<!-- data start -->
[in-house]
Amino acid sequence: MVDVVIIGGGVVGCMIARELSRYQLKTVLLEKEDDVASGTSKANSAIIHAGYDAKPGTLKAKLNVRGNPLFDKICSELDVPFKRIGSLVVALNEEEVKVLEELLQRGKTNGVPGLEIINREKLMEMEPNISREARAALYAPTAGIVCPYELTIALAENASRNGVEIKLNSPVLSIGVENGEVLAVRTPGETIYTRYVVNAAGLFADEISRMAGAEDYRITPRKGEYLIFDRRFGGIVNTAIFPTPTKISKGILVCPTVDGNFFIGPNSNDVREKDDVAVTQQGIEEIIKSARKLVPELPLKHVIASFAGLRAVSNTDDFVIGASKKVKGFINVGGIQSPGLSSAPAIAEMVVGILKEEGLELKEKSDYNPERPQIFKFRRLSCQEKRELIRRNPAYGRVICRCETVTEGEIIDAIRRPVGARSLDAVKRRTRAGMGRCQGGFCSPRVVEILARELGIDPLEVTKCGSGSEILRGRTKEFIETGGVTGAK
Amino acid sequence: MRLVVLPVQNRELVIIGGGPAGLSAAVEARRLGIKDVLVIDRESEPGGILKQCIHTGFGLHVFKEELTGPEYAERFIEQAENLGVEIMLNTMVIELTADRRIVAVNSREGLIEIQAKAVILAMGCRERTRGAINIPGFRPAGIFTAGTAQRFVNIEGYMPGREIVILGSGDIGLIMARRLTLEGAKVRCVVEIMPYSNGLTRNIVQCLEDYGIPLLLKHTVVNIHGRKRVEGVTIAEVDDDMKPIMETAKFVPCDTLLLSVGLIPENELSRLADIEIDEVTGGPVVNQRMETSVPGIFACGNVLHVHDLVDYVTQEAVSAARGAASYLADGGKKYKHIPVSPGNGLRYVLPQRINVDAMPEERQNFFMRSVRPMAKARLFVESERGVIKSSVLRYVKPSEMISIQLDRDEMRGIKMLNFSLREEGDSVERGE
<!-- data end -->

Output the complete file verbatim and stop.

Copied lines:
[in-house]
Amino acid sequence: MVDVVIIGGGVVGCMIARELSRYQLKTVLLEKEDDVASGTSKANSAIIHAGYDAKPGTLKAKLNVRGNPLFDKICSELDVPFKRIGSLVVALNEEEVKVLEELLQRGKTNGVPGLEIINREKLMEMEPNISREARAALYAPTAGIVCPYELTIALAENASRNGVEIKLNSPVLSIGVENGEVLAVRTPGETIYTRYVVNAAGLFADEISRMAGAEDYRITPRKGEYLIFDRRFGGIVNTAIFPTPTKISKGILVCPTVDGNFFIGPNSNDVREKDDVAVTQQGIEEIIKSARKLVPELPLKHVIASFAGLRAVSNTDDFVIGASKKVKGFINVGGIQSPGLSSAPAIAEMVVGILKEEGLELKEKSDYNPERPQIFKFRRLSCQEKRELIRRNPAYGRVICRCETVTEGEIIDAIRRPVGARSLDAVKRRTRAGMGRCQGGFCSPRVVEILARELGIDPLEVTKCGSGSEILRGRTKEFIETGGVTGAK
Amino acid sequence: MRLVVLPVQNRELVIIGGGPAGLSAAVEARRLGIKDVLVIDRESEPGGILKQCIHTGFGLHVFKEELTGPEYAERFIEQAENLGVEIMLNTMVIELTADRRIVAVNSREGLIEIQAKAVILAMGCRERTRGAINIPGFRPAGIFTAGTAQRFVNIEGYMPGREIVILGSGDIGLIMARRLTLEGAKVRCVVEIMPYSNGLTRNIVQCLEDYGIPLLLKHTVVNIHGRKRVEGVTIAEVDDDMKPIMETAKFVPCDTLLLSVGLIPENELSRLADIEIDEVTGGPVVNQRMETSVPGIFACGNVLHVHDLVDYVTQEAVSAARGAASYLADGGKKYKHIPVSPGNGLRYVLPQRINVDAMPEERQNFFMRSVRPMAKARLFVESERGVIKSSVLRYVKPSEMISIQLDRDEMRGIKMLNFSLREEGDSVERGE